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        07-09-2012, 09:42 PM
      #12
    Trained
    Green or not - I always demand a clean change. Sometimes you'll get a horse change a little late behind, that's ok if they swap leads and find balance - but you keep riding and asking for the hind legs to change, not just settle for the front legs, which will throw the horse wildly out of balance and end up making him nervous to change at all.

    I'd say the person that got him to change, swapped her weight and shifted her legs to ask for the change. Sitting up and pulling on one rein isn't going to do it unless you want a terribly unbalanced change.


    Please, get lessons on how to ride changes before you start trying to unbalance the horse enough to fall into a change. That is how you un-do a horse's training.
    jody111 and themacpack like this.
         
        07-09-2012, 09:42 PM
      #13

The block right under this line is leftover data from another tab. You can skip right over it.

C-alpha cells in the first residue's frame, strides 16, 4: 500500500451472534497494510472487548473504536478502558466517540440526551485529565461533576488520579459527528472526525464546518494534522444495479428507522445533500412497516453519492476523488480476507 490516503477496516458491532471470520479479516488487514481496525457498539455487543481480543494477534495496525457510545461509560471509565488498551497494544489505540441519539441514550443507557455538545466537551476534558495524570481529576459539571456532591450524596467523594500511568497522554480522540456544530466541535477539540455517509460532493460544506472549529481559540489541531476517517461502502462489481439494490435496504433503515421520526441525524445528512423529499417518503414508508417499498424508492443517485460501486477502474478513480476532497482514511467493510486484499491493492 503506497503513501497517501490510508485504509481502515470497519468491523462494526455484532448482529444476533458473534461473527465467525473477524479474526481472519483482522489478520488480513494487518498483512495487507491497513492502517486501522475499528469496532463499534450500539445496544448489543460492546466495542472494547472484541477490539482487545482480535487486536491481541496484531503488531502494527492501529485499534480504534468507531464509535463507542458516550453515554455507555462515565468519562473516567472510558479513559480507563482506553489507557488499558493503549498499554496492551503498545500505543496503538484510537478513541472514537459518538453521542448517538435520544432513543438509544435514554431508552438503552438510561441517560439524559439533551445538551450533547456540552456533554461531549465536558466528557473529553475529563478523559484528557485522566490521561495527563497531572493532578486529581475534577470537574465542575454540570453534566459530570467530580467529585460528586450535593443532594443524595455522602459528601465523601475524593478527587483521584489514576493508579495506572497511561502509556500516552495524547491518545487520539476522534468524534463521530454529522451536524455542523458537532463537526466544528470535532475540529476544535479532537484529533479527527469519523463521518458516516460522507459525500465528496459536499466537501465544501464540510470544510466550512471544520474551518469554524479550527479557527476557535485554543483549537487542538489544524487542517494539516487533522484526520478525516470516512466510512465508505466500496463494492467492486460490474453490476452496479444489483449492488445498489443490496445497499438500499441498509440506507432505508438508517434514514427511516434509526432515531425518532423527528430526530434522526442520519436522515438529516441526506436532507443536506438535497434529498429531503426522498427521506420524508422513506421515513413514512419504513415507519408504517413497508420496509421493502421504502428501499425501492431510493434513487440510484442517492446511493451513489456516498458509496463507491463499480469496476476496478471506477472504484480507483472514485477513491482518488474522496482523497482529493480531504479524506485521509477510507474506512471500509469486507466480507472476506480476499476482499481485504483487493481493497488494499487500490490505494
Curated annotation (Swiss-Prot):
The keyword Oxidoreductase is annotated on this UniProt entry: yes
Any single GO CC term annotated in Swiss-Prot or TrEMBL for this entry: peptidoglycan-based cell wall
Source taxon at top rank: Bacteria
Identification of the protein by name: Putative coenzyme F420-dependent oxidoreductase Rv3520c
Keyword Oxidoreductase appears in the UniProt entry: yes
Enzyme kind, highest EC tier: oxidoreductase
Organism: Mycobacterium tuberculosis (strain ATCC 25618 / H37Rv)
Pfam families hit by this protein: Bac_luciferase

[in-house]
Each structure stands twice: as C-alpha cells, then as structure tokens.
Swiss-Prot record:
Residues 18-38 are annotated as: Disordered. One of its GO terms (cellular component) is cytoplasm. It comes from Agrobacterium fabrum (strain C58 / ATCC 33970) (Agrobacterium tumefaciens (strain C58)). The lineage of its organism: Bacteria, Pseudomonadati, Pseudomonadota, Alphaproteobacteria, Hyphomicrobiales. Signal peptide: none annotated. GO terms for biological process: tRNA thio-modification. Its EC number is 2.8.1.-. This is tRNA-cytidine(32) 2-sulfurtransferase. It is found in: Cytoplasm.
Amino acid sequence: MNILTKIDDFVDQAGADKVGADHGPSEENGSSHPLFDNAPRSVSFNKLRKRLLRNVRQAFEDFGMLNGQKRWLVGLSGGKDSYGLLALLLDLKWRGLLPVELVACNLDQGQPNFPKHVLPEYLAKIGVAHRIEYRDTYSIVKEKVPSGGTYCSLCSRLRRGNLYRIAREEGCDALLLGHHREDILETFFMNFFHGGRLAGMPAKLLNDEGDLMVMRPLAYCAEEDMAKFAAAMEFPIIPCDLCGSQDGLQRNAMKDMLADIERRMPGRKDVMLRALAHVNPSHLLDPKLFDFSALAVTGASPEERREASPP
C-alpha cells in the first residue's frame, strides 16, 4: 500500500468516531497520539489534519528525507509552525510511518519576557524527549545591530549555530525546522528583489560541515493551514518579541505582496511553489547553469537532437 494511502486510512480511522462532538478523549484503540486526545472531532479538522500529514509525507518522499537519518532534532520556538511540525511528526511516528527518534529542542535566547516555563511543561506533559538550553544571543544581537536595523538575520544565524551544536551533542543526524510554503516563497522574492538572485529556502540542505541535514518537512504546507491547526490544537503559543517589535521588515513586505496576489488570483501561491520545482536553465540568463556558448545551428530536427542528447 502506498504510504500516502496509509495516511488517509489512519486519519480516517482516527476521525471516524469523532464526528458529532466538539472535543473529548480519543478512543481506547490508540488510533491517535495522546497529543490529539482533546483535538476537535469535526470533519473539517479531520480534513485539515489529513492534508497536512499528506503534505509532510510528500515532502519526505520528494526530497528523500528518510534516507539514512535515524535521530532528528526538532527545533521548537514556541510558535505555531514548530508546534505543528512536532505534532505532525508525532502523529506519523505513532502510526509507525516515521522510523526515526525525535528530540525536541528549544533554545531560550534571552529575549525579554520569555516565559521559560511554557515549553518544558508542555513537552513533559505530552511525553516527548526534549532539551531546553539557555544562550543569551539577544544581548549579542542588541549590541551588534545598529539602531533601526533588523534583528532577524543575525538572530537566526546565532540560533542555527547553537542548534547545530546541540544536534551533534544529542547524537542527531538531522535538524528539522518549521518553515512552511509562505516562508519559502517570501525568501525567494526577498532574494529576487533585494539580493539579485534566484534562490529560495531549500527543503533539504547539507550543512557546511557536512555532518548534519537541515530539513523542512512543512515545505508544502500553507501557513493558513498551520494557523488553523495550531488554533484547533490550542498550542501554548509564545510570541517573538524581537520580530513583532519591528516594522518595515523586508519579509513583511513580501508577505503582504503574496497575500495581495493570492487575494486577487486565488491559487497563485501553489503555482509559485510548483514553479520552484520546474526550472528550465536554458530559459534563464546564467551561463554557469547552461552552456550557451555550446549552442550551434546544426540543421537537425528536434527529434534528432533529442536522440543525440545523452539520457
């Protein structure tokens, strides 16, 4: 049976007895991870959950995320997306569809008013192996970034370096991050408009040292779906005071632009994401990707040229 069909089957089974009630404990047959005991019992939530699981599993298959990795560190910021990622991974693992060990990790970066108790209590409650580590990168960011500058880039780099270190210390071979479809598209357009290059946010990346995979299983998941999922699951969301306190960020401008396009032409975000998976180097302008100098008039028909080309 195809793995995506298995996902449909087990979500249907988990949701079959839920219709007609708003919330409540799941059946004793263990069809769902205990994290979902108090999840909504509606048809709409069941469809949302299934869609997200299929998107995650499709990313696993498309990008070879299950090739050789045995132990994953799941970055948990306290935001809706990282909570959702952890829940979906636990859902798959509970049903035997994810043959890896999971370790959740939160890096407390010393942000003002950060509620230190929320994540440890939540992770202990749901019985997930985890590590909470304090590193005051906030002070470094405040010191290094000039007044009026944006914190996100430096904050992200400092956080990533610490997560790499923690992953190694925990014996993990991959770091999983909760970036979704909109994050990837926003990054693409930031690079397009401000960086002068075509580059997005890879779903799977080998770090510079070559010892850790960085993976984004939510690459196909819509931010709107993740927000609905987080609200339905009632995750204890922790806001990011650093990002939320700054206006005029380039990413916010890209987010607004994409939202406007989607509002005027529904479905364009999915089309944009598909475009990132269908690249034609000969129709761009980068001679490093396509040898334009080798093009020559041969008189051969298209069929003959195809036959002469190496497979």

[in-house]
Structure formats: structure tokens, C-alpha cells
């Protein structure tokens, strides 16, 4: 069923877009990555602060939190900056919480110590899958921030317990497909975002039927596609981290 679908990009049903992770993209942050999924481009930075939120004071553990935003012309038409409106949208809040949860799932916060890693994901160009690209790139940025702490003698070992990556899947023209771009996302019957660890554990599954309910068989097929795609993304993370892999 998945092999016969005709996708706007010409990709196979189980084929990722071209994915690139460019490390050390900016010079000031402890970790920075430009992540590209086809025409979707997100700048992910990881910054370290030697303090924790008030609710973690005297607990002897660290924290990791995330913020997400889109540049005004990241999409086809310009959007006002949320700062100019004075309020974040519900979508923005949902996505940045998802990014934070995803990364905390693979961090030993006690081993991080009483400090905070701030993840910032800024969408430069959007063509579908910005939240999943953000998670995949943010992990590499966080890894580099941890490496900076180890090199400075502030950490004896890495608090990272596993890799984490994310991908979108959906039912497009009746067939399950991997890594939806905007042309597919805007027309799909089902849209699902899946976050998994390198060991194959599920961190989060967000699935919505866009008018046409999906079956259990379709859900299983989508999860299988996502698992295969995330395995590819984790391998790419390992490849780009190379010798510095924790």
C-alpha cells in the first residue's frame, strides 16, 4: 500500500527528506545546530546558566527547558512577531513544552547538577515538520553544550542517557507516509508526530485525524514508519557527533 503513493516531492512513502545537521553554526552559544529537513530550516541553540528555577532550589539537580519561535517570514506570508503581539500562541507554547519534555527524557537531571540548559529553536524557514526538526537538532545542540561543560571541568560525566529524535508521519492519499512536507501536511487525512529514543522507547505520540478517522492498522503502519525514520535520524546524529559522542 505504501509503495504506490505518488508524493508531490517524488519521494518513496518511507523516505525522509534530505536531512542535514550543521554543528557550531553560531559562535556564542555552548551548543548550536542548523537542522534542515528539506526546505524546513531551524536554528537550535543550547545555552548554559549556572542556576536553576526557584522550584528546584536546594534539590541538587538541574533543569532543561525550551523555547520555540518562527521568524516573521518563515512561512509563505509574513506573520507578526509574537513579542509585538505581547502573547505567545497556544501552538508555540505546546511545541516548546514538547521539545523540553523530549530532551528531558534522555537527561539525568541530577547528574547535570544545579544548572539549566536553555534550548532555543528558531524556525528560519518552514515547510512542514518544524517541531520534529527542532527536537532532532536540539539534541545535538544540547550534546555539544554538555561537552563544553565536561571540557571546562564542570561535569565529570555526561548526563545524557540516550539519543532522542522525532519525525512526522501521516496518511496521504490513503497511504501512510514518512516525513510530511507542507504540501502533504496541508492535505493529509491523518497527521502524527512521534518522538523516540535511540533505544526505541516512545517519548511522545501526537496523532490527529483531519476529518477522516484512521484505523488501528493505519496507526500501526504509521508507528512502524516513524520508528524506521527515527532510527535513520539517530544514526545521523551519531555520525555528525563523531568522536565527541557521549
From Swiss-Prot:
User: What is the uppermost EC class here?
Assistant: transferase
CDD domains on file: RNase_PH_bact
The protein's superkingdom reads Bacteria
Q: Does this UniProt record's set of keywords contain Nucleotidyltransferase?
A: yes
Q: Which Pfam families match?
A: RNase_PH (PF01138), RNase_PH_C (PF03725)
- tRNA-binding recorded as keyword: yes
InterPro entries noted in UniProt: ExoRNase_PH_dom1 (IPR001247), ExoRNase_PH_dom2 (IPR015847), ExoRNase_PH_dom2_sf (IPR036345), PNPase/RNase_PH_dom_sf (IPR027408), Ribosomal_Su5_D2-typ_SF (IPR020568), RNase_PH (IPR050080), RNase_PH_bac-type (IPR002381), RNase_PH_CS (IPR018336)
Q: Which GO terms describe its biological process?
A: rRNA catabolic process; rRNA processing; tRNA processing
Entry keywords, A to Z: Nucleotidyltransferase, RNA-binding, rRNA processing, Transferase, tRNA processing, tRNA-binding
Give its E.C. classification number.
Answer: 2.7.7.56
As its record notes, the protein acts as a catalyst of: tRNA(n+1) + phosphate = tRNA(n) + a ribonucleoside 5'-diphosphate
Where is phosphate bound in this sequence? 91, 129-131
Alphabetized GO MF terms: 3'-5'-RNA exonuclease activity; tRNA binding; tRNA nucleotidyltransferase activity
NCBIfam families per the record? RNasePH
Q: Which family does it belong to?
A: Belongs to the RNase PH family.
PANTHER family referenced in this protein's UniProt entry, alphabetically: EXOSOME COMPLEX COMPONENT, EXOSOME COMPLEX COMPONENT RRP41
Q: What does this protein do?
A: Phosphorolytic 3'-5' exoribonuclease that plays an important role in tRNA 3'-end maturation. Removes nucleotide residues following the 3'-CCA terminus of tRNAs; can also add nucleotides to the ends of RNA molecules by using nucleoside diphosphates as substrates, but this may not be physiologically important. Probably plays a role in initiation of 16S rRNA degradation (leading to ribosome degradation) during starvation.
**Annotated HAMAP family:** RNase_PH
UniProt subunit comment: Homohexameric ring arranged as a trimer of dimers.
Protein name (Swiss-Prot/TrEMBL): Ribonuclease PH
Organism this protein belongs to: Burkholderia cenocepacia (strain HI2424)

Foal
    If you can't get the changes down solid by the show, then I would suggest working on getting him to land on the correct lead. It's pretty simple really. Just ask for a bend, in the direction you're wanting to go, over the jump. The same way you'd ask him to pick up the canter from a slower gate. You don't want/need to make any huge movements. As long as he's not sticky with either lead, subtle cues should have him landing on the correct lead. Then you won't even have to worry about the lead changes :)
    Mackieb likes this.
         
        07-09-2012, 09:54 PM
      #14
    Weanling